The new Quinnipiac poll’s findings on public attitudes on the crucial upcoming debt limit fight ought to give serious pause to Republicans. They thought voters were on their side, but the latest evidence shows they aren’t.
The GOP and its outside supporters were emboldened on Sept. 26 by a Bloomberg poll showing that by 61 percent to 28 percent, voters said it would be “right to require spending cuts when the debt ceiling is raised, even if it risks default” on the government’s debts.
It was seen as a repudiation of President Barack Obama’s stance that bills previously contracted by the government had to be paid and that he would not negotiate about it.
Republicans thereupon decided they could load nearly their entire agenda onto the debt vote, including delay or repeal of Obamacare, fast-track authority for tax reform, a rollback of EPA regulations on greenhouse gases and coal ash emissions, medical malpractice caps and restrictions on the new Consumer Financial Protection Bureau.
They also took encouragement from an NBC/Wall Street Journal poll showing that the public, by 44 percent to 22 percent, opposed raising the debt limit.
And any number of polls, of course, have shown a decline in Obama’s approval ratings.
The Quinnipiac poll out Tuesday also shows Obama’s approval somewhat under water — 45 percent positive, 49 percent negative.
But the results were devastatingly negative on GOP tactics on both the government shutdown and the debt limit. By 77 percent to 22 percent, the public opposed the GOP tactic of shutting down the government to block implementation of Obamacare.
And by 64 percent to 27 percent, voters opposed blocking an increase in the debt ceiling to stop Obamacare.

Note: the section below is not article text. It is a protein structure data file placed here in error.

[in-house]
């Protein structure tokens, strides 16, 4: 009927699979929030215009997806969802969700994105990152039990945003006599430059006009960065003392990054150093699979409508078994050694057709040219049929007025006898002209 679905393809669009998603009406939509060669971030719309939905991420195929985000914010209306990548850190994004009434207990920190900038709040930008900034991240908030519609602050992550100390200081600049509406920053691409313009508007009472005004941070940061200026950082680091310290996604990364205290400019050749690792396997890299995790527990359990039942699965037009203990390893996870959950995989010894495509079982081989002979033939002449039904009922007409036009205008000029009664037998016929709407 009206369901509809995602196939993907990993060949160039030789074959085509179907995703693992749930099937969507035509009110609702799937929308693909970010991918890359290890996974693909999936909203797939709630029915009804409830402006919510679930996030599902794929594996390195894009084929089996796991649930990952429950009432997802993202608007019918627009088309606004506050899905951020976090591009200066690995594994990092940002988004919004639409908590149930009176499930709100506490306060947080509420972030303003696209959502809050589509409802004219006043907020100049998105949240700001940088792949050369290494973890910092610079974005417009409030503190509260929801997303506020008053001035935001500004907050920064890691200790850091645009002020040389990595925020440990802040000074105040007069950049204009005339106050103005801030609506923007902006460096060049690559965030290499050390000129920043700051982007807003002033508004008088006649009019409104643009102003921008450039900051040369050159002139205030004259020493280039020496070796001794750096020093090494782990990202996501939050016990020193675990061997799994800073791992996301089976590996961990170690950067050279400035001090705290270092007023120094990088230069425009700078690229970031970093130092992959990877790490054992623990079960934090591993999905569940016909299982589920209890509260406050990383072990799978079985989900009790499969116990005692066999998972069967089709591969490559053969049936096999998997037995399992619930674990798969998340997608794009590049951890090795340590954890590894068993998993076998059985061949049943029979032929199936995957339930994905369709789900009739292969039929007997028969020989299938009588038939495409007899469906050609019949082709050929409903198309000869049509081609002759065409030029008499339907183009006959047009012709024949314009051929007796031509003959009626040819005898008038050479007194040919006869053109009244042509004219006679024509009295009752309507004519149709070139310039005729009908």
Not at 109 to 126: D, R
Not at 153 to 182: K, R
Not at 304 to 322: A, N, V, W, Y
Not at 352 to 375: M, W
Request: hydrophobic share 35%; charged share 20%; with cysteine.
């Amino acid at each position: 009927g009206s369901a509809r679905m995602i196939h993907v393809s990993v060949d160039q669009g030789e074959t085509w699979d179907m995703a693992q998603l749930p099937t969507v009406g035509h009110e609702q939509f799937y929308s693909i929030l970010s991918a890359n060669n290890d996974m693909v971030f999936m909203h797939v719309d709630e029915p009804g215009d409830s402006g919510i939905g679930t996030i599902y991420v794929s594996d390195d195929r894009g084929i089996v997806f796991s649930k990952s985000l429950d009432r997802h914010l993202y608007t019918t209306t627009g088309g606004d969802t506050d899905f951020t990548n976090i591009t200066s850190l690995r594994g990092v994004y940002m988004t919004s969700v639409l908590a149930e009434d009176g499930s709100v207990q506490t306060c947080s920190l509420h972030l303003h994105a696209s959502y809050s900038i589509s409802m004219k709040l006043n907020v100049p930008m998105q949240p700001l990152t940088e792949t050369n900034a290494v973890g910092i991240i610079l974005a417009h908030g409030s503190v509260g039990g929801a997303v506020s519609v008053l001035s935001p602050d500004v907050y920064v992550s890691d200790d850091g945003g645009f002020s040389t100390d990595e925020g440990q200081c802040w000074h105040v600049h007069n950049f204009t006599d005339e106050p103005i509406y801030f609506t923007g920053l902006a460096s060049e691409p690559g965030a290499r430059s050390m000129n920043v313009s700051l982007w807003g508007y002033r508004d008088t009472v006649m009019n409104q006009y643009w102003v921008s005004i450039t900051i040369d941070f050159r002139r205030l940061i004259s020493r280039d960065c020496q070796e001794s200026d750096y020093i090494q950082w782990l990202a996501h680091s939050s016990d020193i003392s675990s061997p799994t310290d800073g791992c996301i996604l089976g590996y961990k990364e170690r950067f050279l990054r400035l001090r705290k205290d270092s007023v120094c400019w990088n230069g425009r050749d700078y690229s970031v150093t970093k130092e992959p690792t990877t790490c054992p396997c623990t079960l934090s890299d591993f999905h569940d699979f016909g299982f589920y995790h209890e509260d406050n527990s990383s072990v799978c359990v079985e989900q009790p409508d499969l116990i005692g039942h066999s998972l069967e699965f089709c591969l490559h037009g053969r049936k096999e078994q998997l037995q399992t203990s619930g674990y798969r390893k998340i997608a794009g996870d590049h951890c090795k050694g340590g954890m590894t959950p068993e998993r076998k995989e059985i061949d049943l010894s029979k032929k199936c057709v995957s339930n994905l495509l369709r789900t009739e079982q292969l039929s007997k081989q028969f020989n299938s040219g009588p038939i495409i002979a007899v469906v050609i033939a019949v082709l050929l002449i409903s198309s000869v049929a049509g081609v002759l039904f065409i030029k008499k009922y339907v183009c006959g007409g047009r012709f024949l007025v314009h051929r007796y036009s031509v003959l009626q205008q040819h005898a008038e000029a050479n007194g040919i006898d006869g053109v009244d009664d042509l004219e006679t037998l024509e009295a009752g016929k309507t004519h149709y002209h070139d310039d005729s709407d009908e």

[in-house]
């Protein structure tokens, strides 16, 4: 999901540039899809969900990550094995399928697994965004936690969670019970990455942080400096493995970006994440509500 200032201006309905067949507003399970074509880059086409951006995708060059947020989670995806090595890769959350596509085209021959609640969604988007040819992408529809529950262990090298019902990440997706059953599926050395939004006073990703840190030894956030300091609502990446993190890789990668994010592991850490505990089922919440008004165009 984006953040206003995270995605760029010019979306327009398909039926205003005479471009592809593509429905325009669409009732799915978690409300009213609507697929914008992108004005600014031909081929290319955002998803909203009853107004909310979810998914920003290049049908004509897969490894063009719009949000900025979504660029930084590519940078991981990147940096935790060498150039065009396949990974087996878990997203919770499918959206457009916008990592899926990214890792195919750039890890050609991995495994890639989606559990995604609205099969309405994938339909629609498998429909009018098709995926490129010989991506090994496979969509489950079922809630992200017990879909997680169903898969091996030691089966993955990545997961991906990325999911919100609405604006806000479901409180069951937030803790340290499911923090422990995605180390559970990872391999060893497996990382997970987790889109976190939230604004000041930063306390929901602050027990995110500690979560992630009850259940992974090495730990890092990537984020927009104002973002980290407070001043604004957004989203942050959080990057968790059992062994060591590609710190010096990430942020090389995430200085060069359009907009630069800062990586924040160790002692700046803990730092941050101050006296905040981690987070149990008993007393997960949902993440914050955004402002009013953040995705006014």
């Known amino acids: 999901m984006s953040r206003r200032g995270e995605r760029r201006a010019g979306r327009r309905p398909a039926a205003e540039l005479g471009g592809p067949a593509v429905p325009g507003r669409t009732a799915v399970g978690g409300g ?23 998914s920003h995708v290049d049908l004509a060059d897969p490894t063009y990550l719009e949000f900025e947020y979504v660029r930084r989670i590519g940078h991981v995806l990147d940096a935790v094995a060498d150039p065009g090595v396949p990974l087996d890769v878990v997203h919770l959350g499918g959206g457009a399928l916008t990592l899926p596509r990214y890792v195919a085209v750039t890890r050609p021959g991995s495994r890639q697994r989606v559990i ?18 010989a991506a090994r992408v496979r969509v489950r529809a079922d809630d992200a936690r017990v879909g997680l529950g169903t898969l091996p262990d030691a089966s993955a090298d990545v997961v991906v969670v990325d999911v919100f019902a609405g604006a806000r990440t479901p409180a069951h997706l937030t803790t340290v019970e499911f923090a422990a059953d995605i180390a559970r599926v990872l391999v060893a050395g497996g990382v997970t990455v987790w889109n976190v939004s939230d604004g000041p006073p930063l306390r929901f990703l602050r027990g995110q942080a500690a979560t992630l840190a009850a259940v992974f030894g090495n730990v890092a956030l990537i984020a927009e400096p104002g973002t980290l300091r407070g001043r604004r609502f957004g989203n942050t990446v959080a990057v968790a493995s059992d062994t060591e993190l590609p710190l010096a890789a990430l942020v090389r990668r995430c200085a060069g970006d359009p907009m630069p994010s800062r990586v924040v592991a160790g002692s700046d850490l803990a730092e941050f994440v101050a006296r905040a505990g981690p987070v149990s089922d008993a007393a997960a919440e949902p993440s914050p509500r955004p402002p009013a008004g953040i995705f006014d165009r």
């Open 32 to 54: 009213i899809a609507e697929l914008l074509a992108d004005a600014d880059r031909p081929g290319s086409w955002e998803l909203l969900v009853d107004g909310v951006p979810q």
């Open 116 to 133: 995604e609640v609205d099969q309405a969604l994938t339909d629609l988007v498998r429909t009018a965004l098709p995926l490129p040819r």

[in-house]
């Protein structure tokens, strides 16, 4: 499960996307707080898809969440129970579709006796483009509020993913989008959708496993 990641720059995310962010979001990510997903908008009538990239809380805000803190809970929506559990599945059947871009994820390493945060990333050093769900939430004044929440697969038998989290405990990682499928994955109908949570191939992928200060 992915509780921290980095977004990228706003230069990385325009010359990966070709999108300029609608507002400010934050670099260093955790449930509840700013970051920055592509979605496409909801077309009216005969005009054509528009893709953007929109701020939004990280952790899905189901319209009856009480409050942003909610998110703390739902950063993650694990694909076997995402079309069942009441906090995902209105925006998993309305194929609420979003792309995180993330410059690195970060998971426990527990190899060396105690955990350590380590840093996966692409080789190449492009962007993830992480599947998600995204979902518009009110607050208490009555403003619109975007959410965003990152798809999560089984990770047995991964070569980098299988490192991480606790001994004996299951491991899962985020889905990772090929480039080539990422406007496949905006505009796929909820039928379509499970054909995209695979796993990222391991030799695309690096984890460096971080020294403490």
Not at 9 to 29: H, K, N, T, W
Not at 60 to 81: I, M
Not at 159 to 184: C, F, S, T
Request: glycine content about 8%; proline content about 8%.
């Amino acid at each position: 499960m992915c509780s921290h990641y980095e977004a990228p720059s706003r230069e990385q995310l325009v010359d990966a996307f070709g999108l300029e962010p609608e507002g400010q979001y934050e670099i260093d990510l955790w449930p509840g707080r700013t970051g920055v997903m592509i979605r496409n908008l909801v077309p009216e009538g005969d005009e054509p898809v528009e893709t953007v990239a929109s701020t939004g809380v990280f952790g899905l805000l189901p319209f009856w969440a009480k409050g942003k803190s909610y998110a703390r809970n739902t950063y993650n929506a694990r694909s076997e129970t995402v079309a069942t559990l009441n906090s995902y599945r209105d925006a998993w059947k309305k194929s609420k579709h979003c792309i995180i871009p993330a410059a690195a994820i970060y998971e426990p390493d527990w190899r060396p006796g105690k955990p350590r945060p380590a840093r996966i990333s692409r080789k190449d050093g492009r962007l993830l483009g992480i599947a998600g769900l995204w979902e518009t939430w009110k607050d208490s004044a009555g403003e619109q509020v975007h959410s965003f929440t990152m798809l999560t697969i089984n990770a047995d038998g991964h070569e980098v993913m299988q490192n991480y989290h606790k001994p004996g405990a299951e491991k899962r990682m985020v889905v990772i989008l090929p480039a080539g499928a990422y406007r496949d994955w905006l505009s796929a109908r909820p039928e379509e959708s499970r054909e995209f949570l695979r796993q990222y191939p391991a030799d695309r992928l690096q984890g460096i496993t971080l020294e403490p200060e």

They are split on Obamacare — 45 percent pro, 47 percent anti — but they opposed cutting off its funding 58 percent to 34 percent.
Undoubtedly hardliners on the Republican side — maybe leaders, too — will say, forget Quinnipiac and believe Bloomberg.
But there’s other evidence that the public understands that not raising the debt ceiling and not being able to pay the government’s bills is a bad idea.
The Washington Post/ABC poll on Sept. 18 showed that by 73 percent to 22 percent, voters believe that not raising the limit would cause “serious harm” to the economy. It’s true that voters favored raising the limit by only 46 percent to 43 percent. But, on the question of which side — Obama or the Republicans — was doing too little to compromise with the other, it was 49 percent, Obama, and 64 percent, the Republicans.
The bottom line is that Republicans are risking both political and economic disaster if they persist in loading multiple conditions onto the debt limit vote later this month.
A government shutdown, if it doesn’t last too long, will cause pain, but not risk the fundamental health of the economy. Defaulting on the national debt well might — and the latest evidence is that the GOP will get (and deserve) the blame.